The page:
The Town of North Castle became one of the first municipalities in Westchester County to opt out from allowing retail marijuana sales and consumption sites within its borders last week.
Preferring to wait and see how the Marijuana Regulation and Taxation Act works out in other communities, the Town Board unanimously voted against allowing for retail dispensaries and places to be used, at least initially.
Supervisor Michael Schiliro said the way the law is written, it makes more sense to initially opt out if there is any uncertainty because the town can then backtrack and allow the sites at any time. However, if officials were to allow it from the outset, they would be prevented from changing course if it didn’t work out, he said.
“It gives us some comfort that if we opt out now, if we think that it makes sense to opt back in in the future, we can,” Schiliro said.
Schiliro added that he has also had concerns about making access to cannabis easier for school-age children, even though the legal age to consume and purchase is 21 years old.
Councilwoman Barbara DiGiacinto agreed, saying that the public should understand that the town is opting out from retail sales and consumption lounges. People will still have the ability to use cannabis wherever it is permissible.
“I would prefer to wait and have some time to, first of all, learn from the municipalities that are not opting out and go from there,” she said.
Town Attorney Roland Baroni said most other northern Westchester communities appear to be leaning toward opting out, knowing that there is the chance to include the retail dispensaries and/or consumption sites at a later date. Although Schiliro later added that he has spoken with other Westchester supervisors and mayors and there will likely be municipalities that will decide to opt in.
By formally making the decision before mid-July, it allows any town resident who forces a permissive referendum by collecting enough signatures on a petition to have enough time to have the proposition appear on the general election ballot, sparing the town the expense of holding a special election. Towns have until Dec. 31 to make a decision.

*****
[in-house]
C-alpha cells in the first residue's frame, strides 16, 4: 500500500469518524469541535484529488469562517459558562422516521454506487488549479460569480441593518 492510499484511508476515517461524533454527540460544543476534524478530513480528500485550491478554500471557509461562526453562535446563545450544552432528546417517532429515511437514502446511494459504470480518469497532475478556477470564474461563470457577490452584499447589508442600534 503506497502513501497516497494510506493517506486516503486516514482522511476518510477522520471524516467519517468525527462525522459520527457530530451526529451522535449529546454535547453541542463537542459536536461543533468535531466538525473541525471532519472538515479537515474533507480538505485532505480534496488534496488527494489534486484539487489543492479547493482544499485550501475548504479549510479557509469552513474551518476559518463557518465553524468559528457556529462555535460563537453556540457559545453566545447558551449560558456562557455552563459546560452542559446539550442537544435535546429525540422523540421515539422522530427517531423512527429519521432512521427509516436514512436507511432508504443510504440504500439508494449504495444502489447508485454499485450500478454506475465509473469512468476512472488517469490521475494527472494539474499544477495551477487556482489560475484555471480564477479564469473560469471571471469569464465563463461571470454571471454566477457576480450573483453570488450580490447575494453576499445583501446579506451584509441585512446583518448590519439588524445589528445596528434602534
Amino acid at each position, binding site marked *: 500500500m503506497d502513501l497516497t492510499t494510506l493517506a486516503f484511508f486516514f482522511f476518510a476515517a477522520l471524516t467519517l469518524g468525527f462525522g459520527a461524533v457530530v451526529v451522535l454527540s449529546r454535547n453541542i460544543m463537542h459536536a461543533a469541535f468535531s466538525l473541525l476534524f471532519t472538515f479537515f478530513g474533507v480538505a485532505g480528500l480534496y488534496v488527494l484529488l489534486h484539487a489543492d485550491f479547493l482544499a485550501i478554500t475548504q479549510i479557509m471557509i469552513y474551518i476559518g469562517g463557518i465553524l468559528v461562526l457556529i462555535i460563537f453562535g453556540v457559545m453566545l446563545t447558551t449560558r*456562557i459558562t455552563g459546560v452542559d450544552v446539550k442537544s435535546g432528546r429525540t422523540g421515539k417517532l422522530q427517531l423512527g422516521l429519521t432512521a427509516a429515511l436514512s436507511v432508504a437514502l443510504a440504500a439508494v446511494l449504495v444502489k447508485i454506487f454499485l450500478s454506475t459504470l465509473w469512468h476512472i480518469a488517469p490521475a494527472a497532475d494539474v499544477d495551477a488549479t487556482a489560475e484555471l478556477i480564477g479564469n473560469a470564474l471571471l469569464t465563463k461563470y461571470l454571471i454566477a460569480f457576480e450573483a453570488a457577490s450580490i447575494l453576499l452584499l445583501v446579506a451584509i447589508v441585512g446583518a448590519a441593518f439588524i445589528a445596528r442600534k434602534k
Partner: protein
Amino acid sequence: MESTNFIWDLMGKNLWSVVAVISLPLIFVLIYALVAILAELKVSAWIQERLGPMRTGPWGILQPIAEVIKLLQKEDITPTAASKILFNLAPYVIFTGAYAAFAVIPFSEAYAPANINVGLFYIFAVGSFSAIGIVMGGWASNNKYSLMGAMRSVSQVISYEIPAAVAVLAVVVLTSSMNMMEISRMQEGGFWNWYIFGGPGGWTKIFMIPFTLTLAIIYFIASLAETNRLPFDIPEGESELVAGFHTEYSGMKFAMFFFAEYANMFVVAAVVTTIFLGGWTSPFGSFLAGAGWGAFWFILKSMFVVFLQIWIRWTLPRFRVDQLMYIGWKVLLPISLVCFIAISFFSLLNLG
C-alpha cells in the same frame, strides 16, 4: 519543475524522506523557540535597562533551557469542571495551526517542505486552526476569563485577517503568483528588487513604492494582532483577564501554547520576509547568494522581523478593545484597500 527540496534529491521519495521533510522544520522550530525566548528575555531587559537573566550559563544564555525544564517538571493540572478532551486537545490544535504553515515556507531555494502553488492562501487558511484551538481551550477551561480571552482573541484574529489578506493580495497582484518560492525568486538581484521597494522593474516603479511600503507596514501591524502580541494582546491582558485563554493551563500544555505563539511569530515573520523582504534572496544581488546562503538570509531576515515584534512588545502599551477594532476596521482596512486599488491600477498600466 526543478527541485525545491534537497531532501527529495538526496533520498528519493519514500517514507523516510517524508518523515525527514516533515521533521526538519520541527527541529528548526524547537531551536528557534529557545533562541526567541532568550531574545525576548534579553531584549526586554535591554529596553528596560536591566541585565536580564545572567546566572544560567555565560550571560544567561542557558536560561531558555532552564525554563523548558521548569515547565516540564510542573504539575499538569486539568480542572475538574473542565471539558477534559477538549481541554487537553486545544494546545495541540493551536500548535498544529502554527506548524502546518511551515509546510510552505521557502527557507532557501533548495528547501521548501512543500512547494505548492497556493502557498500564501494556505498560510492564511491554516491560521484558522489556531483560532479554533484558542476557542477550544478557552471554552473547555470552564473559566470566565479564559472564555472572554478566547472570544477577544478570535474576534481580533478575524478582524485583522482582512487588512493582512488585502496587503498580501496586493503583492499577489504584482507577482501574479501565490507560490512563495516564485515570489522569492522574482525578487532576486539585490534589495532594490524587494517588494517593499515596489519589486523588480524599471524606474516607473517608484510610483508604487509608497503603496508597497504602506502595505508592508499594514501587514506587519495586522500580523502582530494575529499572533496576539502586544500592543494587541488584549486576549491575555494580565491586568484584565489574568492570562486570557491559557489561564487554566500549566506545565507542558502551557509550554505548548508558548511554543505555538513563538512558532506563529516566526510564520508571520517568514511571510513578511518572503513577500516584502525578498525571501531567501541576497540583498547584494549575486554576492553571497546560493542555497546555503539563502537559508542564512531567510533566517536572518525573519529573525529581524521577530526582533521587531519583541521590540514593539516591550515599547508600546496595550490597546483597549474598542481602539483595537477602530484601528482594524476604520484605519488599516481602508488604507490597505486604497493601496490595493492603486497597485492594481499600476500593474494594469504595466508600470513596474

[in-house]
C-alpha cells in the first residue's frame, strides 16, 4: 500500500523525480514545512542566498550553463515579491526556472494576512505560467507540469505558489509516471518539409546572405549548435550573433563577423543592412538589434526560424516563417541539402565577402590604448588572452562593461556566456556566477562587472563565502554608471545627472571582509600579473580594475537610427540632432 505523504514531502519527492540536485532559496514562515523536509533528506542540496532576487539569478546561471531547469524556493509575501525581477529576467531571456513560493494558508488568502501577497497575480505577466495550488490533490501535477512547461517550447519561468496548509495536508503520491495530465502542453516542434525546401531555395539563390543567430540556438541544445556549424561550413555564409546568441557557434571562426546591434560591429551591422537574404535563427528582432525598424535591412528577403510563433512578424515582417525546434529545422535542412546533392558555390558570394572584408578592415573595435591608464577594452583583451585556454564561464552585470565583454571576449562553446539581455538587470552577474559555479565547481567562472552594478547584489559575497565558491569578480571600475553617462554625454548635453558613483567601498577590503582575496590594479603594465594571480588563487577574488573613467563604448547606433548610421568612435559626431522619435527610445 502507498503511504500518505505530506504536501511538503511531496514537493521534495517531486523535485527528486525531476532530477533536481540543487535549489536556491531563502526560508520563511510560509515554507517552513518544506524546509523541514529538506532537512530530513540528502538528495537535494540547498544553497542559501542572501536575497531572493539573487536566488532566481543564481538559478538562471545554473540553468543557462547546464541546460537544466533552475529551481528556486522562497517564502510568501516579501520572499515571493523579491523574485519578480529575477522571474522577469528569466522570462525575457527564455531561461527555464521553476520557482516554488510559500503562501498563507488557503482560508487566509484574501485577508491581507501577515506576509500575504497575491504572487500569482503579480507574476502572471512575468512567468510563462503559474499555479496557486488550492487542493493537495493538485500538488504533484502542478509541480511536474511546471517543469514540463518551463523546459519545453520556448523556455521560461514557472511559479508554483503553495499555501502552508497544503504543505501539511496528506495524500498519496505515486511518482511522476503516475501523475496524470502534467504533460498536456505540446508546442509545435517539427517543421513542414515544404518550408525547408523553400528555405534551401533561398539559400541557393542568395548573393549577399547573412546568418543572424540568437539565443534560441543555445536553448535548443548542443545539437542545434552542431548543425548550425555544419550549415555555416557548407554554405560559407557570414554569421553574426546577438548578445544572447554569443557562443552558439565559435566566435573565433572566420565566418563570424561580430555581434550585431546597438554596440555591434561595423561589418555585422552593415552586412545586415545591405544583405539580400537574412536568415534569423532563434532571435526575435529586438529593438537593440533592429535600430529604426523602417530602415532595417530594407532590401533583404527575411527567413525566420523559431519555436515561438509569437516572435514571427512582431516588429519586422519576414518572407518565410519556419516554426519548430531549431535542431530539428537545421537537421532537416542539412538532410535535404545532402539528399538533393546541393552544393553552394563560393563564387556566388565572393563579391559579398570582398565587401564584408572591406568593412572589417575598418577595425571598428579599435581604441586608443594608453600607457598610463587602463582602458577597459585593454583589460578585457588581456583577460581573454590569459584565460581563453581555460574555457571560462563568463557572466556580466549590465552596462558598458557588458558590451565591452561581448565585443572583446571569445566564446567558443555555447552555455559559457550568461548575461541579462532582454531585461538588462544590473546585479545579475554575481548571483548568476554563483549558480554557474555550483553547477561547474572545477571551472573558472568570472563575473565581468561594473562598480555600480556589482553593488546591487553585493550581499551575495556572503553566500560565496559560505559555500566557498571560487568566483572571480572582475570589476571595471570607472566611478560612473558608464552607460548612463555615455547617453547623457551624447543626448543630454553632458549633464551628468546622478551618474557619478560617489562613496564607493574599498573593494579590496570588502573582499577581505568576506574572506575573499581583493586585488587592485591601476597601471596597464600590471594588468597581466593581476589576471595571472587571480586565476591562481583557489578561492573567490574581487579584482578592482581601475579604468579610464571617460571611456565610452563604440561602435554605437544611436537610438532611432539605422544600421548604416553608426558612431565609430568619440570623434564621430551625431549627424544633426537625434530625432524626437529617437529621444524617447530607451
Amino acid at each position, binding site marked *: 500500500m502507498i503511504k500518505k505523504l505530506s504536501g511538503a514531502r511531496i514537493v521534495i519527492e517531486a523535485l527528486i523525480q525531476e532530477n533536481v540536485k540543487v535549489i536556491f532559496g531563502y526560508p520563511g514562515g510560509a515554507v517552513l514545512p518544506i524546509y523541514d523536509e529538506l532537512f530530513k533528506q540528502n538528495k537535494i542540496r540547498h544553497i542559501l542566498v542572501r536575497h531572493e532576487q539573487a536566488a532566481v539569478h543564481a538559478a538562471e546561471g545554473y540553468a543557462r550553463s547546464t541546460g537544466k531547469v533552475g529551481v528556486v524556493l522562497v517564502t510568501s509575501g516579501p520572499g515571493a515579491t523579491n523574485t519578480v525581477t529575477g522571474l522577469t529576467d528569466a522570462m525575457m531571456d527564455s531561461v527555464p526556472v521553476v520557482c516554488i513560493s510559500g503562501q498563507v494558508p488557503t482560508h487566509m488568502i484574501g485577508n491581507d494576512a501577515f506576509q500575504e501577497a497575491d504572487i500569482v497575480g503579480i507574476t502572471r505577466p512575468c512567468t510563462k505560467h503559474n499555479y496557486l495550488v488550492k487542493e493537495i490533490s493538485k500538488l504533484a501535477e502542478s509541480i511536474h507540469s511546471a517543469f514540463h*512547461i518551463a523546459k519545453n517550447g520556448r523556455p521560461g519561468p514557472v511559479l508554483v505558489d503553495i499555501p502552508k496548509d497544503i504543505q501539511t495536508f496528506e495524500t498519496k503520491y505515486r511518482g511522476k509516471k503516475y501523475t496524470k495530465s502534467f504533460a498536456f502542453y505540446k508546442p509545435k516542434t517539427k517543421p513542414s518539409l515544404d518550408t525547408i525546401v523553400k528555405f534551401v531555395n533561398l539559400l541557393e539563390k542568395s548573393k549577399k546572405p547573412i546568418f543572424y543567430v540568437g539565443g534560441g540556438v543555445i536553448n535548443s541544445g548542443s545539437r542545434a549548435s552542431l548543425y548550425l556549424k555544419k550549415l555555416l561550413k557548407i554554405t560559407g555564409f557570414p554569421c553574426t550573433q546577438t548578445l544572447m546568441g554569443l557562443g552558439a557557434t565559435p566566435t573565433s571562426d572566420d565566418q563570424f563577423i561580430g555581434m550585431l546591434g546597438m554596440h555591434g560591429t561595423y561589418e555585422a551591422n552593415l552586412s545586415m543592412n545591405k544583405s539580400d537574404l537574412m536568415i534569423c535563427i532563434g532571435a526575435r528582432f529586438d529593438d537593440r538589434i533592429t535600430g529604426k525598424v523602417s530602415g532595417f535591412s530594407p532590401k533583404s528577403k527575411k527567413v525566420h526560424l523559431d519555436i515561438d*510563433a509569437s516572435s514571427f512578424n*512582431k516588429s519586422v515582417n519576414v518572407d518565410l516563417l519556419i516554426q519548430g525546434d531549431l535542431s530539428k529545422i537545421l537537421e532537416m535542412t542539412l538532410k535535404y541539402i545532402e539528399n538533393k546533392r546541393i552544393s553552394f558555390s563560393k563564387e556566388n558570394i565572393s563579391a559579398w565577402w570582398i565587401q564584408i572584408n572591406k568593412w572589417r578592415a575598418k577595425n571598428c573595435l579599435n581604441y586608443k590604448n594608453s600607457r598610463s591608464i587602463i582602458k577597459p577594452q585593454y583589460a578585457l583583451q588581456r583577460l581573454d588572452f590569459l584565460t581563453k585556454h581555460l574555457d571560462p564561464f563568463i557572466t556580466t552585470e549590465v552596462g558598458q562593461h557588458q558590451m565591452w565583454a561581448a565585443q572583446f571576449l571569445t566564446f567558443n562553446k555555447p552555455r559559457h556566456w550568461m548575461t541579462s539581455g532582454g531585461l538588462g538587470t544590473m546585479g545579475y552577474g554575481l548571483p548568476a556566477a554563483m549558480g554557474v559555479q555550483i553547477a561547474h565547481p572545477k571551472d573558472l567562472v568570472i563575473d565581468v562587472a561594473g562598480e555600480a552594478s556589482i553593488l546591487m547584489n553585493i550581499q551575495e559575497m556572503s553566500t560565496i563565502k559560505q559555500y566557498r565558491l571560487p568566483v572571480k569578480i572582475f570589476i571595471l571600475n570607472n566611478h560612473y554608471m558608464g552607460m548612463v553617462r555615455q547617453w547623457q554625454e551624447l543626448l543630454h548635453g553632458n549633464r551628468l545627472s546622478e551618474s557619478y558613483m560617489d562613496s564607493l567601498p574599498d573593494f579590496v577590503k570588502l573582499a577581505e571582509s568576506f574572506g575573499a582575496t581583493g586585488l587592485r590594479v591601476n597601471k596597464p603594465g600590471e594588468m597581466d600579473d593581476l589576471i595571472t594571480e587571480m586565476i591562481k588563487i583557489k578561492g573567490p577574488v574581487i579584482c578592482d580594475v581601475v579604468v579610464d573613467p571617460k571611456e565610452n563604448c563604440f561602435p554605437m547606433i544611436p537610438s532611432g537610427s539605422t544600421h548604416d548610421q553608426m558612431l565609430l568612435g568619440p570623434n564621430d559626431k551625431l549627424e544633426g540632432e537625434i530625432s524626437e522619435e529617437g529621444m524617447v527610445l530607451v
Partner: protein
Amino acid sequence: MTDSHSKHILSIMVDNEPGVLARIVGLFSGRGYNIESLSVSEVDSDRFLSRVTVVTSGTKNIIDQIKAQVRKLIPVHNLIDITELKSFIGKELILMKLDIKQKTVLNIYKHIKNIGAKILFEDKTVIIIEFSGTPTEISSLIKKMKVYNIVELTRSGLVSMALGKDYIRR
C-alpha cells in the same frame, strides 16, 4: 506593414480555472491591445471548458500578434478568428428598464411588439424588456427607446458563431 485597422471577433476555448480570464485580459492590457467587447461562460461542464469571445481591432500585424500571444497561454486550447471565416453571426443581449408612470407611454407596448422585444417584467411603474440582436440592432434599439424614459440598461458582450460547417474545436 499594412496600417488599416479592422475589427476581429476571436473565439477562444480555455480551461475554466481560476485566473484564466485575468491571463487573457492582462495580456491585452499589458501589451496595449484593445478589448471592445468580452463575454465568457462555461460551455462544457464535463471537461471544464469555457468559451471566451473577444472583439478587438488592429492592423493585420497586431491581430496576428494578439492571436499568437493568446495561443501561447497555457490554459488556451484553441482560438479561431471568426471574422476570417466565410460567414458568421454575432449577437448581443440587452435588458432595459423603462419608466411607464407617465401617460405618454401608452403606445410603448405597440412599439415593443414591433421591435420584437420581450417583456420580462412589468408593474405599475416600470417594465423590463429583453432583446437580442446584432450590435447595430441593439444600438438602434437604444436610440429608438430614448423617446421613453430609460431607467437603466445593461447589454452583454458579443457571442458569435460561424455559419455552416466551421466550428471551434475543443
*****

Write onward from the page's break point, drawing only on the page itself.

The few people who contributed comments to last Wednesday evening’s public hearing were in favor of giving it a try. Armonk resident Jeremy Jacobs said if it’s true that most municipalities in northern Westchester appear to be moving toward opting out, there is little that the town will learn by waiting.
Furthermore, municipal officials are frequently concerned about assessable and generating revenue for a multitude of needs, and this would make sense that the town would have another revenue stream.
Under the law, there would be a 13 percent sales tax on cannabis sales, with 9 percent going to the state, 3 percent to the municipality and 1 percent to the county’s offers.
Jacobs also said he was concerned that the town seemed to be signaling that alcohol was okay because there are about 15 establishments in Armonk alone where you can legally buy drinks and consume them.
“I feel like, in effect, what we’re doing here is picking which vices we approve of and I’m not really sure, since pot is now the law of the land, it is now legal for consumption and ownership and home growth, why we’re going to treat this specially in terms of not allowing a retail business to engage in that, if they choose to,” Jacobs said.
Two North White Plains residents wrote letters that were read into the record by Town Clerk Alison Simon also voicing support to allow for sales.
Schiliro said it isn’t clear to him how the state offices that will oversee its regulation will be structured or how they will operate.
“We don’t know what the infrastructure is going to look like in Albany, so that’s something we do have to get comfortable with, and we need to see how those boards are populated and they also, I believe, will have some say ultimately, I think legally, on the opt-out and opt-in provisions,” he said.